SCENE BY SCENE
ACT 1, SCENE 1
•Flavius is angry that the commoners (crowd) are celebrating Caesar’s return with a holiday. This establishes conflict at the very beginning of the play. •The cobbler says he is a “mender of bad soles”. This is a pun, as he is a mender of people’s shoes, but he is intentionally making fun of Flavius and Murellus, as he is saying he is a “mender of bad souls”. •He also says that he “can mend” them. Here he is again making fun of them. •In lines 31 to 54, Murellus makes a long speech. Speech is an important aspect of Julius Caesar, as is rhetorical question, both of which are found here. The main purpose of his speech is asking why the crowd are happy to see Caesar triumph. He says that the people often gone to great effort to see “great Pompey pass the streets of Rome”. However, now that Julius Caesar “comes in triumph over Pompey’s blood” the commoners are celebrating with a holiday. This annoys Murellus, and he is accusing the crowd of being fickle, and hypocrites. •When the commoners have left on order of Flavius, he says, “See where their basest metal not be moved”. This is a pun on ‘mettle’; he shows how their personal willpower and strength is low, as they simply side with whoever is more popular at the time. •At the end of the scene, Flavius uses animal imagery to convey how Caesar thinks highly of himself. After he has given the orders to ‘disrobe the images’ (pull decorations off the statues) he says, “These growing feathers plucked from Caesar’s wing/Will make him fly an ordinary pitch”. The metaphor of birds and flying implies that Caesar thinks himself better than others. This is backed up by the next line, “Who else would soar above the view of men”. •The final line of the scene, “And keep us all in servile faithfulness”, portrays that Pompey’s supporters and those in favour of the Triumvirate see Caesar as a tyrant. ACT 1, SCENE 2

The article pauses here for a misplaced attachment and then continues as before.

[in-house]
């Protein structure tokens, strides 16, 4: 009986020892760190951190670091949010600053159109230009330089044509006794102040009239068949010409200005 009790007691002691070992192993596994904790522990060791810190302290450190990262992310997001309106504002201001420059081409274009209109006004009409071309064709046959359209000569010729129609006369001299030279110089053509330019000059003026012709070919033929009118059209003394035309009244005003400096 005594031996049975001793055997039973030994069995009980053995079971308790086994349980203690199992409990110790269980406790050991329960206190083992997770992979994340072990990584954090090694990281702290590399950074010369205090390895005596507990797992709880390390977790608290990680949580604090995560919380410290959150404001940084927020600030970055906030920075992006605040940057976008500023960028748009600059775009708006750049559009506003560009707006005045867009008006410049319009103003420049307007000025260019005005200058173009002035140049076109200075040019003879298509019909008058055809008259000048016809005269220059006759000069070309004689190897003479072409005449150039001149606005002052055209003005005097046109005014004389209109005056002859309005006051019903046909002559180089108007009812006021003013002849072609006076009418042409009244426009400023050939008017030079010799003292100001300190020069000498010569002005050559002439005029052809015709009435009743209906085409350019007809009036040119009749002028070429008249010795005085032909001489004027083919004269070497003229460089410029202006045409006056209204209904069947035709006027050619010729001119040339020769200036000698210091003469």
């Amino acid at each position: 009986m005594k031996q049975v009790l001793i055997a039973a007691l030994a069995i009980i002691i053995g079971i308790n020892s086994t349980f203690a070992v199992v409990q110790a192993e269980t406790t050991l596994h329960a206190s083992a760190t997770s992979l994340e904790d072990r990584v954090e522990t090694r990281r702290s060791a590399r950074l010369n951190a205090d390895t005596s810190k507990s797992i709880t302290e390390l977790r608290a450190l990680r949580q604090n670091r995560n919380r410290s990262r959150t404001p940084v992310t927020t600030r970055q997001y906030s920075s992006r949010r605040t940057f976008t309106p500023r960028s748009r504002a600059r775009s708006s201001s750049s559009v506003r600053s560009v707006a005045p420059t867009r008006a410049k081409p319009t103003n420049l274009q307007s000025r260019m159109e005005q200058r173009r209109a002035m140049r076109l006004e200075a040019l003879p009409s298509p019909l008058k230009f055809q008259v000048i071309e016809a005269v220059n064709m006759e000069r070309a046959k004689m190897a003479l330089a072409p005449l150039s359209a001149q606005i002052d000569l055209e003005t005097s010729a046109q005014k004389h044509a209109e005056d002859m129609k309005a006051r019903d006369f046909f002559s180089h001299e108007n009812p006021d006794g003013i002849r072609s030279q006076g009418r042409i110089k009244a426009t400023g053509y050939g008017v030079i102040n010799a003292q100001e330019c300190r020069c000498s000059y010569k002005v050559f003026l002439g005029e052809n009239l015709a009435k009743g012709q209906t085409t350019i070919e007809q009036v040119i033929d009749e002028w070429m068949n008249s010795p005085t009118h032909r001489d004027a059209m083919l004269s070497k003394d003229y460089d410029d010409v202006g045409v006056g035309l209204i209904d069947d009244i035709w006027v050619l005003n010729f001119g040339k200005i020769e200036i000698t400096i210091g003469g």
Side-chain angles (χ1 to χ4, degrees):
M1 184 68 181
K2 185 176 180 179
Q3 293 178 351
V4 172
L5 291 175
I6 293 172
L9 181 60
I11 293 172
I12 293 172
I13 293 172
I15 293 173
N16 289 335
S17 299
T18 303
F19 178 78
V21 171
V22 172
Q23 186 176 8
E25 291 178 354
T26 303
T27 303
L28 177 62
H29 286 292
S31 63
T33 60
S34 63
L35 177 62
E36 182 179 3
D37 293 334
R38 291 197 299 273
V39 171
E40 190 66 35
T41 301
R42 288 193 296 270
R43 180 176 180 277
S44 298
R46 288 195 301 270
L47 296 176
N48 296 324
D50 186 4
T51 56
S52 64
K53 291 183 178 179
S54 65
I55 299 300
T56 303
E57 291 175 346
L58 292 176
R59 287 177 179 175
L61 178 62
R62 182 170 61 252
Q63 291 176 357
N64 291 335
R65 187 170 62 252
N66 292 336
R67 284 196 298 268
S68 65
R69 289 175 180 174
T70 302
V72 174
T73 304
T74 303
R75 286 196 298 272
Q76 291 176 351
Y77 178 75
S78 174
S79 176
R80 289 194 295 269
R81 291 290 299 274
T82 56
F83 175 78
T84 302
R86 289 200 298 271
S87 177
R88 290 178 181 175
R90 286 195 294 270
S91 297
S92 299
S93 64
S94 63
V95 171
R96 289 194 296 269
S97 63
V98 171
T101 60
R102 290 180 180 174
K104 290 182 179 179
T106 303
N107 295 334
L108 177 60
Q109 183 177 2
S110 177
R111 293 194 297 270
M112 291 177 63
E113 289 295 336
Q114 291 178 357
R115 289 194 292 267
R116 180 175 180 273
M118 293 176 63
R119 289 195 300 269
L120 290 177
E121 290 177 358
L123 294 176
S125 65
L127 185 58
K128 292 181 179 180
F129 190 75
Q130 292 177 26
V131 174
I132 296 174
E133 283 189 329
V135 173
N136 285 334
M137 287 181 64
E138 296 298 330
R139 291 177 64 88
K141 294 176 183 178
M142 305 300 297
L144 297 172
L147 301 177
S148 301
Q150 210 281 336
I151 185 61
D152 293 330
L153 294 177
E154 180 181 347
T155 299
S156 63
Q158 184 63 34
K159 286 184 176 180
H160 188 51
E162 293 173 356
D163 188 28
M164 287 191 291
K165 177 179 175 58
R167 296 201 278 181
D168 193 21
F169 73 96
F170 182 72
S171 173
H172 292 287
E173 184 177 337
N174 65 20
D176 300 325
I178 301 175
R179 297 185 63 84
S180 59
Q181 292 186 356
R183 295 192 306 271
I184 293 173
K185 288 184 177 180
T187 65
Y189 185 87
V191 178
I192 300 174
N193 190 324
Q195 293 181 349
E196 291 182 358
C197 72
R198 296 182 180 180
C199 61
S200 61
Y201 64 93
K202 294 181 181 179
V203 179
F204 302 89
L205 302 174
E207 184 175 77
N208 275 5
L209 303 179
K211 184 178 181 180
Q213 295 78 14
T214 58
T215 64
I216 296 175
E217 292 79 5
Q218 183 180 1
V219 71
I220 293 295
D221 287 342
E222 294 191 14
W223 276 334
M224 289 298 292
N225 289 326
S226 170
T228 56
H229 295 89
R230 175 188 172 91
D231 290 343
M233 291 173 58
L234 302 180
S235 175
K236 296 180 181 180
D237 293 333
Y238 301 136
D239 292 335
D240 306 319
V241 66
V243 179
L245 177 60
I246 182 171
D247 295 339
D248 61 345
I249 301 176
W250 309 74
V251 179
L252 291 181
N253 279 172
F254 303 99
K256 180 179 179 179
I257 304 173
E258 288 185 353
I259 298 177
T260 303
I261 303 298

•Mark Antony makes the point: “When Caesar says ‘Do this’, it is performed”. This could have both positive and negative connotations about Caesar. It could mean that he is highly respected, so that people are willing to do whatever he asks, or it could mean that he rules tyrannically, and people obey him out of fear. •When the soothsayer bids Caesar “Beware the Ides of March”, it shows the superstition of the Romans. The “Ides” or the fifteenth of the lunar month was seen as an unlucky time, and no Roman would do business on this night. •Caesar responds to the soothsayer, “He is a dreamer, let us leave him. Pass.” This perhaps could mean that he thinks himself invincible, and does not worry about ill omens. •A long discussion between Brutus and Cassius follows. Brutus is Caesar’s best friend, and Cassius is a malcontent general of Caesar’s. The general idea of the discussion is that Cassius is trying to convince Brutus to not be content with Caesar being all-powerful. •Cassius asks Brutus, “Can you see your face?” Here he is asking whether Brutus can see himself as a good ruler, as Cassius can. Cassius believes that Brutus could be more than he knows himself to be. •He goes on to say that he has heard “many of the best respect in Rome” speak of Brutus. •Brutus is wary of what Cassius is saying to him, as he replies, “Into what dangers would you lead me, Cassius,/That you would have me seek into myself/For that which is not in me?” He is not naturally filled with ambition, and is aware that Cassius is trying to implant this in him. •Cassius then replies to Brutus that he will be Brutus’ “glass”. Since Brutus could not see his own face, Cassius continues the metaphor and says that he will be a glass, or mirror, for Brutus to look into to see his own self-worth that he could use. •He goes on to say that Brutus can trust him, because he does not “fawn on men and hug them hard/And after scandal them”. •After this, a ‘Flourish and shout’ is heard from outside. Brutus says absent-mindedly, “What means this shouting? I do...